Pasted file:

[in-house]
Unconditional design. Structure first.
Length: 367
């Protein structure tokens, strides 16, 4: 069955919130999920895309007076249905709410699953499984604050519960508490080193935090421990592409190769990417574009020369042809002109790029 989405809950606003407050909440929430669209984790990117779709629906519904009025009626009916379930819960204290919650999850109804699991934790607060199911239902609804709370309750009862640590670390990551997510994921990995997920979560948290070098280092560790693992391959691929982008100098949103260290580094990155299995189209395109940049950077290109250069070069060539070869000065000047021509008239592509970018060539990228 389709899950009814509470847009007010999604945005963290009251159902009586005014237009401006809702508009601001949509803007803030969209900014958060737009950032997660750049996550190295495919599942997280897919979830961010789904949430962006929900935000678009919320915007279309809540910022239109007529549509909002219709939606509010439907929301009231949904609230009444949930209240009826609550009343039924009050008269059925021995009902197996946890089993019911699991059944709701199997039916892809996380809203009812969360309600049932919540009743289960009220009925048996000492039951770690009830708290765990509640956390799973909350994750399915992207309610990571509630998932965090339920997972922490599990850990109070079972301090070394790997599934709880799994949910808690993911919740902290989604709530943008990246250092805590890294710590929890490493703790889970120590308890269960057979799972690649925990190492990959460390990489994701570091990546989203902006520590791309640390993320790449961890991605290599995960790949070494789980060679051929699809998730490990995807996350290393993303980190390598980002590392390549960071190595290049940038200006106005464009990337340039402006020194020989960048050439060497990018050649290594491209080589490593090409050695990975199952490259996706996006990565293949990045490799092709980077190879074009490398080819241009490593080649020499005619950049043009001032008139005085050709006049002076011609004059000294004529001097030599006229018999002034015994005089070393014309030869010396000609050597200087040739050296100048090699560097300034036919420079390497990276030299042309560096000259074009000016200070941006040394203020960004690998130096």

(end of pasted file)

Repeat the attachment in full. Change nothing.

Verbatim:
[in-house]
Unconditional design. Structure first.
Length: 367
């Protein structure tokens, strides 16, 4: 069955919130999920895309007076249905709410699953499984604050519960508490080193935090421990592409190769990417574009020369042809002109790029 989405809950606003407050909440929430669209984790990117779709629906519904009025009626009916379930819960204290919650999850109804699991934790607060199911239902609804709370309750009862640590670390990551997510994921990995997920979560948290070098280092560790693992391959691929982008100098949103260290580094990155299995189209395109940049950077290109250069070069060539070869000065000047021509008239592509970018060539990228 389709899950009814509470847009007010999604945005963290009251159902009586005014237009401006809702508009601001949509803007803030969209900014958060737009950032997660750049996550190295495919599942997280897919979830961010789904949430962006929900935000678009919320915007279309809540910022239109007529549509909002219709939606509010439907929301009231949904609230009444949930209240009826609550009343039924009050008269059925021995009902197996946890089993019911699991059944709701199997039916892809996380809203009812969360309600049932919540009743289960009220009925048996000492039951770690009830708290765990509640956390799973909350994750399915992207309610990571509630998932965090339920997972922490599990850990109070079972301090070394790997599934709880799994949910808690993911919740902290989604709530943008990246250092805590890294710590929890490493703790889970120590308890269960057979799972690649925990190492990959460390990489994701570091990546989203902006520590791309640390993320790449961890991605290599995960790949070494789980060679051929699809998730490990995807996350290393993303980190390598980002590392390549960071190595290049940038200006106005464009990337340039402006020194020989960048050439060497990018050649290594491209080589490593090409050695990975199952490259996706996006990565293949990045490799092709980077190879074009490398080819241009490593080649020499005619950049043009001032008139005085050709006049002076011609004059000294004529001097030599006229018999002034015994005089070393014309030869010396000609050597200087040739050296100048090699560097300034036919420079390497990276030299042309560096000259074009000016200070941006040394203020960004690998130096």